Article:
Sunday, June 25, 2006

The Eastern Me-ism culture

This is part of an e-mail sent to me from a friend who is visiting her relatives in Hong Kong and China. I thought this portion was particularly interesting. I received her permission to publish this.
It is sometimes frightening to consider the me-ism here in North America, always what I think, what I want to do, what I like, how I feel -- really "it's all about me". People in Asia comment on how individual we people are in North America, that we do not focus enough on community. Yet it is equally striking to pick out the me-ism characteristics in this comtemporary asian culture.

Here, I have noticed that the world is my garbage pit ( I can throw garbage anywhere because someone is bound to sweep it up); it is my spitbowl ( I can spit anywhere as I please irrespective of the sanitary conditions); it is my washroom (more so for the men and the kids). I have seen how unrelational this so-called community based society is. You put on a nice face when you see each other and then later speak ill behind their backs (because this is my mouth). If you have a little more money than others, you think you are deemed more "cultured" and can do whatever you please irrespective of consideration for others.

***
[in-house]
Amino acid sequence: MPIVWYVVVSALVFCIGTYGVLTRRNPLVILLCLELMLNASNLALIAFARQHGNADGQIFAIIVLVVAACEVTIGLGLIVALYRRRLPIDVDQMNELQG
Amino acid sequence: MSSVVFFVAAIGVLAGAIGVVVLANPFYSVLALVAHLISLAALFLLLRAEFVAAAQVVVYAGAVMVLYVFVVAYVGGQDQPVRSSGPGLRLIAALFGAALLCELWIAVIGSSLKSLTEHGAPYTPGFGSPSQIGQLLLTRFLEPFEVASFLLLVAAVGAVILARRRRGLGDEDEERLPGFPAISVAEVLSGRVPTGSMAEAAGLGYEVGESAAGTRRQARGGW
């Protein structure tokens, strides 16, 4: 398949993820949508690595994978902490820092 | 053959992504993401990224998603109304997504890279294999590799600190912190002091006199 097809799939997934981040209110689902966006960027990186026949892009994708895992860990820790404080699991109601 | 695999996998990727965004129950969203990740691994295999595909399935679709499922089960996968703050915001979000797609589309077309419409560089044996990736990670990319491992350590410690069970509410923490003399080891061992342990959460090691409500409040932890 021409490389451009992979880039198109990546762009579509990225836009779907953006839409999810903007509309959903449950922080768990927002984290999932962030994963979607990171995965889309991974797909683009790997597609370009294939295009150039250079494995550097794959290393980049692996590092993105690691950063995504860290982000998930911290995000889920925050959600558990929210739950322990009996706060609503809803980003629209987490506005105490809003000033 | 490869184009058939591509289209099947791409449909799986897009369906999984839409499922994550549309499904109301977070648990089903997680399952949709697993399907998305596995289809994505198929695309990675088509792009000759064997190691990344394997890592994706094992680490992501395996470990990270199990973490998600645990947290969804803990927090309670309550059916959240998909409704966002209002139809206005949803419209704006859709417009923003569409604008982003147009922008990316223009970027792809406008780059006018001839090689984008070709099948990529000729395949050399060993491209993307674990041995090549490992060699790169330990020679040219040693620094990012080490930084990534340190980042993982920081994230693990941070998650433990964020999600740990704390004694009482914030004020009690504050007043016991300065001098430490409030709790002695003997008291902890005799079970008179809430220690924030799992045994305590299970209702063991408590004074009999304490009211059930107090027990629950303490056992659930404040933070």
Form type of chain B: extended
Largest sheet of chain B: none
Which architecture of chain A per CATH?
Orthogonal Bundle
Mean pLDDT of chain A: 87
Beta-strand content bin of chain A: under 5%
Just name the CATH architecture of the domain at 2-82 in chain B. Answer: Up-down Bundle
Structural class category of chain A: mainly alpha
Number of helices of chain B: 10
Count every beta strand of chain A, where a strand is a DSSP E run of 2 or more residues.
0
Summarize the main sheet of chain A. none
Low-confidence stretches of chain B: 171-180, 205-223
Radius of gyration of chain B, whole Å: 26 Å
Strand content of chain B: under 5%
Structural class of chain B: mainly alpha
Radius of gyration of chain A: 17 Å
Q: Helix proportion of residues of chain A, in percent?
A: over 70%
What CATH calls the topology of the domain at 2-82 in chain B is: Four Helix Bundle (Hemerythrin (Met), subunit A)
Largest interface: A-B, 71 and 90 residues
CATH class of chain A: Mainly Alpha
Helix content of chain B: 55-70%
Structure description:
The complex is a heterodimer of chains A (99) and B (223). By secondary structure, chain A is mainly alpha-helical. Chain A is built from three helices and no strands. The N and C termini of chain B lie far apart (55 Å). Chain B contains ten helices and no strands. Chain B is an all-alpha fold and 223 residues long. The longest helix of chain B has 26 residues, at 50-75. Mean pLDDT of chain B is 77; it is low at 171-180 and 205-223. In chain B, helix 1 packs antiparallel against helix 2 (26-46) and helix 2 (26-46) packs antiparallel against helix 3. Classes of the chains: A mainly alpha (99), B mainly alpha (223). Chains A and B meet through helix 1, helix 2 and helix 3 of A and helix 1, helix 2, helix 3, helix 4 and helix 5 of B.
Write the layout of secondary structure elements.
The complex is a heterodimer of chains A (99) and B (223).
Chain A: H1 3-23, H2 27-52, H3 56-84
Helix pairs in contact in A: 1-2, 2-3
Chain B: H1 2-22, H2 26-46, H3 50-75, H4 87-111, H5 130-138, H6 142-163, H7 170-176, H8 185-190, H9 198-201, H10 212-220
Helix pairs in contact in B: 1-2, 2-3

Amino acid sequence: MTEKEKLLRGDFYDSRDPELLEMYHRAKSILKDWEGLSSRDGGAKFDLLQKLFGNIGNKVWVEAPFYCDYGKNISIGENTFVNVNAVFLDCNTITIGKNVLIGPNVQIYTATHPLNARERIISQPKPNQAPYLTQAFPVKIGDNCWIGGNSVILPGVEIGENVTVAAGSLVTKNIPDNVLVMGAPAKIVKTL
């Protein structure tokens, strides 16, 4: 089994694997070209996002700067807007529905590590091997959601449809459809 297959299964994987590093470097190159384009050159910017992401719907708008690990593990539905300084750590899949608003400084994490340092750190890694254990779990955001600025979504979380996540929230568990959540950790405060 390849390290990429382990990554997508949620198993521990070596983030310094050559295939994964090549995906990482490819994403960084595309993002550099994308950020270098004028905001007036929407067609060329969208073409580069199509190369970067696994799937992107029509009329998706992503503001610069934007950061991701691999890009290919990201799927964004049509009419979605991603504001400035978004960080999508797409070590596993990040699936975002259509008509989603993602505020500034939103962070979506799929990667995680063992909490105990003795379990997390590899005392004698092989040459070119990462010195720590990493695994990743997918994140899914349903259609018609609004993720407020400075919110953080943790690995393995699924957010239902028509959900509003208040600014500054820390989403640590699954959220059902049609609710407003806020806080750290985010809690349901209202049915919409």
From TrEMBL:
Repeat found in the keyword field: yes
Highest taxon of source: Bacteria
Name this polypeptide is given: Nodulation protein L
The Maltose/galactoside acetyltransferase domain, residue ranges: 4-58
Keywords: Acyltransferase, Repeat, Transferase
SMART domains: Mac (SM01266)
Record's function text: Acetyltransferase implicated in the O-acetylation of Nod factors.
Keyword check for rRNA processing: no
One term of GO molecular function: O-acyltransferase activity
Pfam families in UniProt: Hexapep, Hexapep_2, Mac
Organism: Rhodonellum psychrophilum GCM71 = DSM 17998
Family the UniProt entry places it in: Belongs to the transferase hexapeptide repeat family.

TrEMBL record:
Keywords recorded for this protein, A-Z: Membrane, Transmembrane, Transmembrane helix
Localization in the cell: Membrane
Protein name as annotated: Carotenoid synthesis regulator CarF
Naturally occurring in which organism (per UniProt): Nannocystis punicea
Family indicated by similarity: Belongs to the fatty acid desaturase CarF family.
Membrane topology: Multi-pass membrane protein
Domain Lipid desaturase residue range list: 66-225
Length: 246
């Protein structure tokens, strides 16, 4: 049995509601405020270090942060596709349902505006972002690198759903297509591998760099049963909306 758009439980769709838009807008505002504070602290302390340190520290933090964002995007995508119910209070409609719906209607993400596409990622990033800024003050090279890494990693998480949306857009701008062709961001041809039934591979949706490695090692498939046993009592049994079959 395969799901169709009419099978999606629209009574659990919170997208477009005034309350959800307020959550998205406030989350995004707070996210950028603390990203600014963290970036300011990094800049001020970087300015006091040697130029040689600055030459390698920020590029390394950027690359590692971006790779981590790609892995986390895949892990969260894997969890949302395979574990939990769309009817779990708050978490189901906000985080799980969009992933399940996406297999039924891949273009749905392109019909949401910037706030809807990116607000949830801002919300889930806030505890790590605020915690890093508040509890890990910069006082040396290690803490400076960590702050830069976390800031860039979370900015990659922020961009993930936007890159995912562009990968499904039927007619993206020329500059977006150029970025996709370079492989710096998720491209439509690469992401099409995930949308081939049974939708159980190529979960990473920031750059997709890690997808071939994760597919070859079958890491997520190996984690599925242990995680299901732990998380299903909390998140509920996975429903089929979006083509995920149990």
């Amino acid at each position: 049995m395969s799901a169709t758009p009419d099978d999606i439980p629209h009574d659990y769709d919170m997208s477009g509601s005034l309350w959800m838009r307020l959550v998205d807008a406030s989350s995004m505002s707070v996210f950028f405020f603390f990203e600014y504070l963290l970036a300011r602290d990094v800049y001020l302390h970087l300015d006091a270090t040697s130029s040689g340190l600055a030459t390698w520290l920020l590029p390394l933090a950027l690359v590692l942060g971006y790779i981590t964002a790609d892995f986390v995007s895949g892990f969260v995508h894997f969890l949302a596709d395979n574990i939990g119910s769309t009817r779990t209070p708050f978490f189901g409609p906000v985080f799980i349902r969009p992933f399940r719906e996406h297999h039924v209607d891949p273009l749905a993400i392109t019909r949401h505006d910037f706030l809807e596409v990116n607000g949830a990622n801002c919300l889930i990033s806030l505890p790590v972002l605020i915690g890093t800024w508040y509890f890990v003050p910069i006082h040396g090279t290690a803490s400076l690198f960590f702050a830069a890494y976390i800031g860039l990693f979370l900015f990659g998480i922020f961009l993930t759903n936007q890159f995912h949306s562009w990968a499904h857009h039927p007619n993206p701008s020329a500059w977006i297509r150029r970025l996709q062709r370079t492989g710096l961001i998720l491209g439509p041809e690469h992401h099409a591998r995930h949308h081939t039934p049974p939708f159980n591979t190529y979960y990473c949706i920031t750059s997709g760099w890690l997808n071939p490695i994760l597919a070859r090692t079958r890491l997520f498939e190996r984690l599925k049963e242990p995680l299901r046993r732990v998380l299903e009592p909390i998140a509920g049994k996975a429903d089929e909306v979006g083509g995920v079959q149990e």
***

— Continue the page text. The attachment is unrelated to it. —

I cannot but help think that even though the western culture is very individualistic, we still have a sense of our responsibilty as a citizen, whether as a global citizen or local. We think for ourselves, but do we not also ask ourselves that how can we as an individual contribute to the betterment of our society, our environment, our country, our world, etc?

One incident really hit it home for me. My grandma and I went to this theme/ family/ nature park with my aunt (in China) and her two kids (4 years old boy and 6 years old girl). We found a bench to sit down and rest. My aunt offered me a bottle of drink and some crackers. I finished the drink and the crackers and as a "good citizen", I thought I will keep hold of my garbage until I see a garbage can. So I stuffed the wrappers and my tissue into the bottle so consolidate my garbage. The 4 year old cousin looks at me and says "How dare you!", grabs the bottle from me (because you can return it for money), takes the garbage out and throws the plastic wrapper and the used tissue in the bushes right infront of him. First instinct inside wanted to say "How dare you!" back to him for littering. But what is a 4 year old to know about not littering when his parents do that all the time?
That's something I really haven't thought of before.

1 comment:

  1. i guess it will always be human nature to think of one's self..